This interesting blog post maintains that today is the "Golden Age" of wargaming.
I generally agree with the blog -- and I think his criticisms of Memoir '44 are mostly valid. I just think its flaws bother me less.
To me games like the various Borg designs, Larry Harris' Axis & Allies board games and the Hasbro Axis & Allies land and naval minis, Wings of War, Worthington Games' Hold the Line series and so on fill a needed and valuable niche in the wargaming universe. I don't need any one wargame to be the "ultimate" wargame. There's a need for many different approaches.
To me these lighter wargames are much like a good painting, a television documentary or a comic book. They provide a vivid evocation of a topic, perhaps and insight or two, and with luck prompt a desire to learn more. Their constrained realism is not a bug, but a feature that, if well done, makes a topic accessible to a wider audience. They are no substitute for a detailed study, a book or a library.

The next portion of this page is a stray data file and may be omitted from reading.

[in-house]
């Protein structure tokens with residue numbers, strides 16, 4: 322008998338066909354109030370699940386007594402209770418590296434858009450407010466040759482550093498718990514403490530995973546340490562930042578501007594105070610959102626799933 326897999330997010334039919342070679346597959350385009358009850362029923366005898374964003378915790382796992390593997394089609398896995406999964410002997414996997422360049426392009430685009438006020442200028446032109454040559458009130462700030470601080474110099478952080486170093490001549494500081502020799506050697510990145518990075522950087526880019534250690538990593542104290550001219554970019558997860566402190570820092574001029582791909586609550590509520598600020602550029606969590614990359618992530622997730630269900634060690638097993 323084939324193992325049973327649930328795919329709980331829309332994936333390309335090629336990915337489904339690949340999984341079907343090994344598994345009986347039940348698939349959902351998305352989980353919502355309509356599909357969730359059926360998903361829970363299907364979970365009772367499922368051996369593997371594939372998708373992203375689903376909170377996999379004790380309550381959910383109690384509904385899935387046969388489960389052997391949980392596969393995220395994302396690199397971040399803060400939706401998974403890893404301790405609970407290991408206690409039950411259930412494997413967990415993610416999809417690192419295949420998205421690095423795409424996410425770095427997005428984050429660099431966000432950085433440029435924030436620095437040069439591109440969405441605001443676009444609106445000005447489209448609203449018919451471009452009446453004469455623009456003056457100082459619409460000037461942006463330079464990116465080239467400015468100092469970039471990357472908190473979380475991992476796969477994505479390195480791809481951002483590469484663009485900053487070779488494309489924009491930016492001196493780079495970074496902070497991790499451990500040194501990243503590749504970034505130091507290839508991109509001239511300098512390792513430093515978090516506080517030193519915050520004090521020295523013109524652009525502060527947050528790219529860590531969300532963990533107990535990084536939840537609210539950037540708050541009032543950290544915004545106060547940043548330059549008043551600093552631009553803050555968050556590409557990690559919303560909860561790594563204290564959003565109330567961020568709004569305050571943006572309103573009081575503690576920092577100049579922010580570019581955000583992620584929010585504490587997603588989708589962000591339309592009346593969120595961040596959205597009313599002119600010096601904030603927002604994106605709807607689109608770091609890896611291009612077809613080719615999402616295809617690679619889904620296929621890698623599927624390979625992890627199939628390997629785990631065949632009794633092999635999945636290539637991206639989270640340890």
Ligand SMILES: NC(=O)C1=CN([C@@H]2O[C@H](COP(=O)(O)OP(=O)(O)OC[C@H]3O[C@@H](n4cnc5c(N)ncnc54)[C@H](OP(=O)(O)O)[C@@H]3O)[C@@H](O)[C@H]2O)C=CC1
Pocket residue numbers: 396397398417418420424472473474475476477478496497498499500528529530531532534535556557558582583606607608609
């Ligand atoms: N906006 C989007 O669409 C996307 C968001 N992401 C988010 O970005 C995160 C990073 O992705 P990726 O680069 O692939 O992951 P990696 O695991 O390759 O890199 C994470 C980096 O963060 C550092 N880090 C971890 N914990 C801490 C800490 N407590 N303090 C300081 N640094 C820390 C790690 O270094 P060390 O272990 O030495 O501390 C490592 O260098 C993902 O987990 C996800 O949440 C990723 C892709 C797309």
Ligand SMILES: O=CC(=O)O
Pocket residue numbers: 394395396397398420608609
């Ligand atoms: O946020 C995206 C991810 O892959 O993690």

Ideally when your new gaming partner starts to point out the unreality, compromises and general silliness that can crop up in a Memoir '44 or Axis & Allies game he/she is ready to move up to the next level. "Yeah, I agree that strategy wouldn't be possible in real life. Maybe you'd like to take a look at _________" and see how it turns out." Many people find all the strategy they want or can handle in a game of M44 or A&A. Indeed, for many people that desire is well-sated by Risk! But for those who are looking for more I think games like Memoir '44 are an excellent introduction. They're fun, colorful and quick and much more successful than SPI/AH era attempts to do the same thing.